I have written this in the hope that it will save me having to repeated explain what class privilege and class interests are. I doubt it will work as it is not in the interests of “anarcho”-capitalists to accept either as they demonstrate that “anarcho”-capitalism would be a dictatorship of the wealthy.
“Class privileges” is a collective term for all the advantages a person gets by being born into wealth. To demonstrate it, let’s look at two hypothetical couples.
Sammy and Sarah Smith are lazy. They prefer to beg, borrow, and steal rather than do any work, and they are consequently on the breadline. They have a child called Shawn.
Jimmy and Julie Jones are hard-working and industrious. Through their hard-work they have become exceptionally wealthy. They have a child called Joey.
I have stuck with the propertarian conception of the causes of wealth and poverty for the sake of simplicity. We will ignore all those capitalists who acquired their wealth through crooked and dishonest means, just as we’ll ignore all those in among the working class who work incredibly hard but for little or no reward.
Because the Smiths have no wealth Shawn gets only the most basic eduction. He is taught to read, write, and say “yes sir, how high, sir?”
Joey, on the other hand, gets the very best eduction, because his parents can afford it. He is taught how to manage a business, how to succeed in a capitalist society, and how to enjoy the high-life that is his “birthright”.
Shawn’s school friends will go on to be factory workers, shop attendants, and manual labourers. Joey’s school friends will be one day be among the corporate elite, or will be judges, politicians, or other powerful and influential allies.
It isn’t just at school that the children of the wealth-owning class are granted privileges. A stable home life has been proven to be an important contributing factor in academic success, and as a lack of money is the number one cause of marital strife, Shawn is likely to feel the effects far more than Joey is.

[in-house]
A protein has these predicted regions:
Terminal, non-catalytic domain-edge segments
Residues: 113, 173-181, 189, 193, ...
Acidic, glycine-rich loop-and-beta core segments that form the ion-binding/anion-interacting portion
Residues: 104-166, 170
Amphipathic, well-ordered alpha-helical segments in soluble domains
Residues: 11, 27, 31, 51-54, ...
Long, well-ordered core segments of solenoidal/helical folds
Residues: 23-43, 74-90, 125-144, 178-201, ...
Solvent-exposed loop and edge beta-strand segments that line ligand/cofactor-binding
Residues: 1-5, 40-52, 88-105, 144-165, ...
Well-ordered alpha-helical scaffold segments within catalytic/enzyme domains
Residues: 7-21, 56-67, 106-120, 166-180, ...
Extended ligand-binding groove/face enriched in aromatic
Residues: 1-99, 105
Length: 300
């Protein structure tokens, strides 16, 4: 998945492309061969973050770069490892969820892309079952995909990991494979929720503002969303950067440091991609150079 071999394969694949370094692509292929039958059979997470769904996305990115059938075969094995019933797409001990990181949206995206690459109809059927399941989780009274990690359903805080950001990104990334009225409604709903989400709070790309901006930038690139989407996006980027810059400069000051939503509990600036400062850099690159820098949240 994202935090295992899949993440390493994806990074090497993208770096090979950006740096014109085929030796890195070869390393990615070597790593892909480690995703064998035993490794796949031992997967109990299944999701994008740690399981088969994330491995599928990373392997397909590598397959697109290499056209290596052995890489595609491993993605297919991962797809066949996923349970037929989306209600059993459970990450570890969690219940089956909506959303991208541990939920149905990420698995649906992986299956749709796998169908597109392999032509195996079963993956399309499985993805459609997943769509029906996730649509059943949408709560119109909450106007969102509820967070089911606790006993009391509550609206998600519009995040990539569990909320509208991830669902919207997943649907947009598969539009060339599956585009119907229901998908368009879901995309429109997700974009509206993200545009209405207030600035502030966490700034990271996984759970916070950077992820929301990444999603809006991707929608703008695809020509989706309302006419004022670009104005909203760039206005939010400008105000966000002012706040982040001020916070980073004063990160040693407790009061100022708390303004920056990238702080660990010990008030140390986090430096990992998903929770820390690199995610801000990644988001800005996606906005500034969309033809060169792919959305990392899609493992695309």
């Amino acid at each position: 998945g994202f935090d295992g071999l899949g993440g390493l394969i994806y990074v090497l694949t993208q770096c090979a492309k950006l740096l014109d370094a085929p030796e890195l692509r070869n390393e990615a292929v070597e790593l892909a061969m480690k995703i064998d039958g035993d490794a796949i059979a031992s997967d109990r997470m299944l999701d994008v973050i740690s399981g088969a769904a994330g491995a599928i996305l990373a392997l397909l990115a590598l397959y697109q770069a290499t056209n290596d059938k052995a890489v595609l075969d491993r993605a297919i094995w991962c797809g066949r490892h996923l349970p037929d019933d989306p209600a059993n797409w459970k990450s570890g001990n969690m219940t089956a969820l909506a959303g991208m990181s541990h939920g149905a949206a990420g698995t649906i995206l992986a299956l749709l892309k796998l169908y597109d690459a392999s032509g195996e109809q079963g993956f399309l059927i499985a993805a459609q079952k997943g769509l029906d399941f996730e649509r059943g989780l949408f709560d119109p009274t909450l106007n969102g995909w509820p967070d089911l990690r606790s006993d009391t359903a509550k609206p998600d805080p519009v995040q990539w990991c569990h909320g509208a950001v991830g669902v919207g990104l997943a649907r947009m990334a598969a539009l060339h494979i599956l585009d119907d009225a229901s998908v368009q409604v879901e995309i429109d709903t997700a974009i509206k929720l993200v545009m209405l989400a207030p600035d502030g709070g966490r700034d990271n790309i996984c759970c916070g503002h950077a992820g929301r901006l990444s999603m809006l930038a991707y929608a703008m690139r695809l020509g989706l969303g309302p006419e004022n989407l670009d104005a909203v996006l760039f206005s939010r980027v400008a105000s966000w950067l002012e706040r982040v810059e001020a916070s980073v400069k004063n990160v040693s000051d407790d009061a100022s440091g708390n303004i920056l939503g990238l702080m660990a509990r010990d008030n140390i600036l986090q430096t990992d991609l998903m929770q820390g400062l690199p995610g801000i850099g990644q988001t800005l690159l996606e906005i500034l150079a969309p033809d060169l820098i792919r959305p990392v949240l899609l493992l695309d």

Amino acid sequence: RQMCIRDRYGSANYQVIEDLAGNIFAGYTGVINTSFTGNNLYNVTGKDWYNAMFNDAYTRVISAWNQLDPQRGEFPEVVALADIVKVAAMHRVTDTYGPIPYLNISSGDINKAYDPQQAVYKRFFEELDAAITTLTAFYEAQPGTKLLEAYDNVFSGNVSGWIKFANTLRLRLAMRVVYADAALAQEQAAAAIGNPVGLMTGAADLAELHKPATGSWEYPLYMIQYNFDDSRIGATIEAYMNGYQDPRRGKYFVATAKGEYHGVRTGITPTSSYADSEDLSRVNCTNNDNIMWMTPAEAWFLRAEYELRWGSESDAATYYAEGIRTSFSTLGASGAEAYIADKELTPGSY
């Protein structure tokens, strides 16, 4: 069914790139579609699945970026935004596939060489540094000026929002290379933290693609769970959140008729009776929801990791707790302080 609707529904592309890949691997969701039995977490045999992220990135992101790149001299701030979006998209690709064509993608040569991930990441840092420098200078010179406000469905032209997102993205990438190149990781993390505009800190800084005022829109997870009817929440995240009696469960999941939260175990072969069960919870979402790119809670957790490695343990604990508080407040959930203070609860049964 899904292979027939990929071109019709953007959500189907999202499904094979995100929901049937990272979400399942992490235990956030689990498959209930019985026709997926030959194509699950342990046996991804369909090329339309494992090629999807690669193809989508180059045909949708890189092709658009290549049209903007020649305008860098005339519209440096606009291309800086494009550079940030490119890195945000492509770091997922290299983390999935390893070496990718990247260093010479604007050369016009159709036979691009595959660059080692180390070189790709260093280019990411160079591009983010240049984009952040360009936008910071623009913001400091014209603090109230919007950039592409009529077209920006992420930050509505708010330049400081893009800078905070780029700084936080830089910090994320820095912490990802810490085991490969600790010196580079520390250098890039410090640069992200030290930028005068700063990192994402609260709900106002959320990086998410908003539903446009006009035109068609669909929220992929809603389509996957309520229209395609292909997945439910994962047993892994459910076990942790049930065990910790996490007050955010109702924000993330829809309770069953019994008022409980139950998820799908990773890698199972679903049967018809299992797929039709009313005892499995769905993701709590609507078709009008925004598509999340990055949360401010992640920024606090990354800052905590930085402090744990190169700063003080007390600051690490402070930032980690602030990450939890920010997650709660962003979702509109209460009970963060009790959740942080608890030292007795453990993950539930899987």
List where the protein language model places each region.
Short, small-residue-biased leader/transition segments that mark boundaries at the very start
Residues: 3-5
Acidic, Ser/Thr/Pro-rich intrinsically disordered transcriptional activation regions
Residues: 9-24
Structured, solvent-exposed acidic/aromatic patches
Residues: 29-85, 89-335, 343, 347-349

A health diet is also very important to those who want to excell at school, but working class parents can’t always afford to provide that, so again Shawn is given a disadvantage while Joey isn’t.
Even all this privilege, which gives children born into wealthy families an enormous advantage over those born into impoverished ones, isn’t enough. Joey is likely to be given an established business when he leaves school, or given access to enough capital to start his own. Shawn won’t get a business, or any capital, when he leaves school. If Shawn wants to start a business then he must work hard, and save the money he needs to spend on food and bills, to raise the capital.
Those born into wealth get advantages at every turn. They have so many advantages that it is almost impossible for them to “fail”. Those born into poverty get no advantages. They are effectively held-back so much that it is almost impossible for them to succeed.
While there is some movement between the classes, it is nowhere near enough to alter the fact that in a capitalist society, some are born to rule and others are born to serve. This is part of what gives “anarcho”-capitalism its distinctly feudalist flavour.
“Class interests” is the collective term for all the interests that are common to most, if not all, people of the same class.
The employing class, to take an obvious example, has certain class interests: ensuring workers’ wages are as low as possible, avoiding “wasting” money on “non-essentials” such as providing a safe workplace, preventing workers from doing anything to improve their lot, such as joining a union, and so on.
The employing class isn’t the only one with common interests. The political class has an interest in promoting representative democracy as the only possible avenue for change. It is also in their interest to prevent working class movements that threaten the wealth, power, and privilege of the ruling class, and to hide unsavory government activities from the public when it is possible to do so, and “spin” it in their favour when it isn’t.
The working class also has class interests. It is to the benefit of us, and our class, to fight for better wages, better working conditions, shorter hours, and more control over our work, with the ultimate aim of removing bosses altogether.
The lack of class analysis in “anarcho”-capitalist “thinking” results in a messy, shallow system that takes no account of the factors that lead to wealth and poverty. Until they can shrug off the ridiculous lie that we live in a classless society they will never understand that bosses and workers are on opposite sides of the divide and they can never be reconciled as long as there is an employing class ruling over us.